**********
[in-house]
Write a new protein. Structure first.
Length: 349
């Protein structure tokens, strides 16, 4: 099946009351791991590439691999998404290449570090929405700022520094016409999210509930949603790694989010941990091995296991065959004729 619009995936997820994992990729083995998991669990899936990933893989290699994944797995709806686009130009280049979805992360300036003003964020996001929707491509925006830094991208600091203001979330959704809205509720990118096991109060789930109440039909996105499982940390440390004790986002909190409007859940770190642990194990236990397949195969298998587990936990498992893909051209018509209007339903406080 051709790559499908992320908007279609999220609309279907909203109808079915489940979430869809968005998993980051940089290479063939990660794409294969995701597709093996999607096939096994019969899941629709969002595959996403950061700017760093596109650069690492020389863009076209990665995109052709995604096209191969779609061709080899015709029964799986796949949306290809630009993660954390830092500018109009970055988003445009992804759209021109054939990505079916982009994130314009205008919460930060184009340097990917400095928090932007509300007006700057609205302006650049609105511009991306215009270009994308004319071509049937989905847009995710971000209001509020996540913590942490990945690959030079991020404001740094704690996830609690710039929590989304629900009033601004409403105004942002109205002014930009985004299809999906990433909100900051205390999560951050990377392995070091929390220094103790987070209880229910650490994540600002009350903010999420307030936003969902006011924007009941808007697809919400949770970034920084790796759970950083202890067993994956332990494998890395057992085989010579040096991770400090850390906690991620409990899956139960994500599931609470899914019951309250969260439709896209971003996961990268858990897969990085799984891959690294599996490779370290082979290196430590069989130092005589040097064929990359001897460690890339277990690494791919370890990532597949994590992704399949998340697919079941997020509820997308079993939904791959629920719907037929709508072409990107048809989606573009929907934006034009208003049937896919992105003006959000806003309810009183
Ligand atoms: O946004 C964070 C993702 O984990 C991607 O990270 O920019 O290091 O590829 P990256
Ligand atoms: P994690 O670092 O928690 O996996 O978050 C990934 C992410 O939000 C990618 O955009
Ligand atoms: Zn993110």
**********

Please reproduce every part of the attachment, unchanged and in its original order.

[in-house]
Write a new protein. Structure first.
Length: 349
């Protein structure tokens, strides 16, 4: 099946009351791991590439691999998404290449570090929405700022520094016409999210509930949603790694989010941990091995296991065959004729 619009995936997820994992990729083995998991669990899936990933893989290699994944797995709806686009130009280049979805992360300036003003964020996001929707491509925006830094991208600091203001979330959704809205509720990118096991109060789930109440039909996105499982940390440390004790986002909190409007859940770190642990194990236990397949195969298998587990936990498992893909051209018509209007339903406080 051709790559499908992320908007279609999220609309279907909203109808079915489940979430869809968005998993980051940089290479063939990660794409294969995701597709093996999607096939096994019969899941629709969002595959996403950061700017760093596109650069690492020389863009076209990665995109052709995604096209191969779609061709080899015709029964799986796949949306290809630009993660954390830092500018109009970055988003445009992804759209021109054939990505079916982009994130314009205008919460930060184009340097990917400095928090932007509300007006700057609205302006650049609105511009991306215009270009994308004319071509049937989905847009995710971000209001509020996540913590942490990945690959030079991020404001740094704690996830609690710039929590989304629900009033601004409403105004942002109205002014930009985004299809999906990433909100900051205390999560951050990377392995070091929390220094103790987070209880229910650490994540600002009350903010999420307030936003969902006011924007009941808007697809919400949770970034920084790796759970950083202890067993994956332990494998890395057992085989010579040096991770400090850390906690991620409990899956139960994500599931609470899914019951309250969260439709896209971003996961990268858990897969990085799984891959690294599996490779370290082979290196430590069989130092005589040097064929990359001897460690890339277990690494791919370890990532597949994590992704399949998340697919079941997020509820997308079993939904791959629920719907037929709508072409990107048809989606573009929907934006034009208003049937896919992105003006959000806003309810009183
Ligand atoms: O946004 C964070 C993702 O984990 C991607 O990270 O920019 O290091 O590829 P990256
Ligand atoms: P994690 O670092 O928690 O996996 O978050 C990934 C992410 O939000 C990618 O955009
Ligand atoms: Zn993110």